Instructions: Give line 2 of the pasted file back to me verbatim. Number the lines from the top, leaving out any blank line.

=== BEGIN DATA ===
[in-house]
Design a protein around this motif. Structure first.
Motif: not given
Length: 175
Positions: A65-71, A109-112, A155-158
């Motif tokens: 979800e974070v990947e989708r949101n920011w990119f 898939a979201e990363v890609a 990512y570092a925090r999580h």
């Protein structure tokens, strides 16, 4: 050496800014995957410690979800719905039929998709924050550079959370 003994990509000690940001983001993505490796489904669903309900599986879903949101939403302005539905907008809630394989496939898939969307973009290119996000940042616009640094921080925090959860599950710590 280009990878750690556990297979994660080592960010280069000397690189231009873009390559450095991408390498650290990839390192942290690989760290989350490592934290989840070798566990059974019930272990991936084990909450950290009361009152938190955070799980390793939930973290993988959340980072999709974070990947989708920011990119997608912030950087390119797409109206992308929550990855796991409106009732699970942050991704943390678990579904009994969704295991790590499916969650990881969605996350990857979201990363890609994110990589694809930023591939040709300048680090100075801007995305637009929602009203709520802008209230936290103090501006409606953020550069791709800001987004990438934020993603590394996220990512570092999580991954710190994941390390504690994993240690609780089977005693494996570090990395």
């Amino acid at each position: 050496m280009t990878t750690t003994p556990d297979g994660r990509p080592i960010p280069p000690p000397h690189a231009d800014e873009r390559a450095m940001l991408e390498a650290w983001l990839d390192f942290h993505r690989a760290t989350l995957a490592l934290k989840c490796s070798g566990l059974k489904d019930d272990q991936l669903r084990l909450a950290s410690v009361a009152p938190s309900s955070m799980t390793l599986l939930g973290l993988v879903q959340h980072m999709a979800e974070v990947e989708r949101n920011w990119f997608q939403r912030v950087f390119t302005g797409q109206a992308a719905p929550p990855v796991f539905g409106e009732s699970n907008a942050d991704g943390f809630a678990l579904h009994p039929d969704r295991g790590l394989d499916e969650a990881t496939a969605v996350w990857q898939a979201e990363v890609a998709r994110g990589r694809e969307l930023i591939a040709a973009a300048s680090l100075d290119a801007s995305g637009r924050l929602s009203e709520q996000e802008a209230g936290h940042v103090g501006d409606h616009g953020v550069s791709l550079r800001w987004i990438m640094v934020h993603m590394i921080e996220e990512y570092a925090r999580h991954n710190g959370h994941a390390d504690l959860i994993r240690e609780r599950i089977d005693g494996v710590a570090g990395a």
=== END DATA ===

Design a protein around this motif. Structure first.